The global Covid-19 pandemic has entirely transformed IT strategies for businesses around the world.
With many organisations shifting from an entirely office-based workforce to one that is predominantly working from home, employees across many sectors have had to get used to new ways of working and a whole suite of cloud-based tools – often overnight, in order to continue with their day-to-day roles.
The past few months have also seen many businesses re-examine their finances. As Covid-19 began to spread across the world, many organisations immediately turned to their outgoing spend to look at where savings could be made.
These two factors equate to a pivotal time for IT teams. This is the perfect opportunity for organisations and IT leaders to re-examine their approach to technology, ways of working, and the impact that this can have on the happiness of their workforce.
How has Covid-19 changed the way we work? Research shows that happy employees are 12% more productive than average workers. It’s now commonly recognised by boards that investing in employee experience and wellbeing can have a positive impact on financial performance.
This is even more crucial now that more organisations are relying on home working, where they are more likely to feel isolated and will be more dependent on technology to work, connect and communicate.
And it’s not just wellbeing that can be affected. It’s often the case that this technology isn’t set up to enable productivity. Research by McKinsey found that on average, knowledge workers spend nearly 20% of their working week looking for information or help on tasks – an issue that’s compounded while at home, where employees can’t simply ask someone for help in person.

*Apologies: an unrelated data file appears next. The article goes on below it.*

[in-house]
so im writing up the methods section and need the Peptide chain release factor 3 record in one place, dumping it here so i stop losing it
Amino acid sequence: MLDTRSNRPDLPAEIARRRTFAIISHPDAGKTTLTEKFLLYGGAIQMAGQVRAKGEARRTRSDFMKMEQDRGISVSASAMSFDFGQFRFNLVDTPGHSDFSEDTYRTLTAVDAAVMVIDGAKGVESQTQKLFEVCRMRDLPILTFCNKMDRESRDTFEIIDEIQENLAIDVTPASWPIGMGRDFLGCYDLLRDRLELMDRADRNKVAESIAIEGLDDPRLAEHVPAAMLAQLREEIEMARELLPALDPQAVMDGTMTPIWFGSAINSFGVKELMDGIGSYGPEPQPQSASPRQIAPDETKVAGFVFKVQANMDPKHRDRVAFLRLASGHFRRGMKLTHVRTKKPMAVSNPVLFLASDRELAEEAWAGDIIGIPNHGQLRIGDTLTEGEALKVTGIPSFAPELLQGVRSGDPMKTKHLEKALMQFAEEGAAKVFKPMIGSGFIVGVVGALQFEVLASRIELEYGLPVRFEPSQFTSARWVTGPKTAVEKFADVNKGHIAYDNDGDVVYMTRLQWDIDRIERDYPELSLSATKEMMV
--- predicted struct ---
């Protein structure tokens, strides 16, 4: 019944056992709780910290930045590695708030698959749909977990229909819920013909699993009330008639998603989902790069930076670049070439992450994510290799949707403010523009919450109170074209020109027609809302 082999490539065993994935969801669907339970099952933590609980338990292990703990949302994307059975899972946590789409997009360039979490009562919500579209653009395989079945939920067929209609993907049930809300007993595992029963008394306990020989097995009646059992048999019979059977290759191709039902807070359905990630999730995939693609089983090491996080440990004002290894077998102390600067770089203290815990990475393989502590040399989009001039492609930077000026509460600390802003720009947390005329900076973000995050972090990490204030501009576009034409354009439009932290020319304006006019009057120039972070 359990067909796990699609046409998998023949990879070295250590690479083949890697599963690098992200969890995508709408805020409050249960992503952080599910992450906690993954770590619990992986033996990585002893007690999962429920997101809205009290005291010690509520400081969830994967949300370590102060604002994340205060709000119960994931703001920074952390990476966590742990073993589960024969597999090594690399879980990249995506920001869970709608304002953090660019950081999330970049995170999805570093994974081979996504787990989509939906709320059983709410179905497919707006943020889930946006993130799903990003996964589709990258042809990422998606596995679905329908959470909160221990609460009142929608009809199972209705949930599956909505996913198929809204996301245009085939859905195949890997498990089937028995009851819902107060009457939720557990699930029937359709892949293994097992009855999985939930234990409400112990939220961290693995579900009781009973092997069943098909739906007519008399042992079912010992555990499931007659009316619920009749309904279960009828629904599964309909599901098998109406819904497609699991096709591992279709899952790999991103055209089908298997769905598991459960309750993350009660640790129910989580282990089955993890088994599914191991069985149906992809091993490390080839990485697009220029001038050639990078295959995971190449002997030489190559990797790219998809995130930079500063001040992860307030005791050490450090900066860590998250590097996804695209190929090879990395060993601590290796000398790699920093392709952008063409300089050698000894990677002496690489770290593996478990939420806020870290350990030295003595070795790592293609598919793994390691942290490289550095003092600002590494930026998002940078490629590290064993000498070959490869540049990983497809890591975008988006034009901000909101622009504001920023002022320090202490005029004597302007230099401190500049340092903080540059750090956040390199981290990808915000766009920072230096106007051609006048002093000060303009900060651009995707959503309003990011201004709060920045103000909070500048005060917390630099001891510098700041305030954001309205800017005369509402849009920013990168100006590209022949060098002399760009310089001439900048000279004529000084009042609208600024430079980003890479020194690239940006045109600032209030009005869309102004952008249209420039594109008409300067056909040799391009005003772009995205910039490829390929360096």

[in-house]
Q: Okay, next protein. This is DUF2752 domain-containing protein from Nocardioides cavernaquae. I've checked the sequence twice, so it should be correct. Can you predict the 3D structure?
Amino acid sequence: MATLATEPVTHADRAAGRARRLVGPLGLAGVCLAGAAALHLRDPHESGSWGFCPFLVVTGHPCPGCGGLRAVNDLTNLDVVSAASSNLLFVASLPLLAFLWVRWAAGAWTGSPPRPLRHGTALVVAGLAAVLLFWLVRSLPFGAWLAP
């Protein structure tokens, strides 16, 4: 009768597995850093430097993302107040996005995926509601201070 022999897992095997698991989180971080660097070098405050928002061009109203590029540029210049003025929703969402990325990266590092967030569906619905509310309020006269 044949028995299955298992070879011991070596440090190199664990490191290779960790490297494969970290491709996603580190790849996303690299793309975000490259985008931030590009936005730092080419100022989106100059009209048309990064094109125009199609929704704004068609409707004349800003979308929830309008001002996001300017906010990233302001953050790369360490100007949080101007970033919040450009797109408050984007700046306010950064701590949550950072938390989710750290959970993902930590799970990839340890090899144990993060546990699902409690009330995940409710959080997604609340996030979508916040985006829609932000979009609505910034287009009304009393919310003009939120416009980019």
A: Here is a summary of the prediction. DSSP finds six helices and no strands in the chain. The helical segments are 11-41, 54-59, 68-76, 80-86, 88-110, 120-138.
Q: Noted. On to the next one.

This issue – the need to jump between different apps or windows – is known as context switching. Research has shown that knowledge workers spend up to an hour of work daily simply navigating between apps, and that 56% find searching for
information in different apps disruptive. Over time, these small interruptions can add up to a significant impact on an organisation’s financial performance – and lead to lowered motivation amongst employees.
Even the way that organisations provide IT support can increase or decrease rates of context switching. For example, having to call an IT support desk can add yet another step in an already complex search for information. If organisations can minimise the need for users to context switch, they can maximise their productivity.
How can your IT strategy improve the employee experience?
Historically, businesses have taken a customer-first approach to investing in user experience – prioritising external customer service and communication over the internal employee experience.
However, most employees are also users of this consumer technology, and expect the same smooth transitions and automation when using their work devices or software. When their digital experience is seamless, employees can focus on their role without interruption.
This is where Enterprise Service Management (ESM) principles can help. This model shapes how organisations operate internally, and means that organisations will have an ability to manage multiple processes from a single application. With a one-stop shop for employee issues, the time spent searching for information or switching between applications is greatly reduced. ESM principles can help to free up time for both IT teams and employees in other teams, and enable greater efficiency across an organisation.
To immediately improve the employee experience, IT teams can also assess the applications they use and take steps to reduce context-switching. For example, having one centralised support portal can help workers to maintain focus. Measuring and understanding tasks that employees commonly struggle with can also help you to understand where to streamline the applications or processes you have in place.
Ultimately, if employee experience is prioritised – whether that’s through implementing ESM principles or simply reassessing the number of applications your business uses – organisations will benefit from less time spent on responding to IT support tickets, increased cost-savings and happier employees.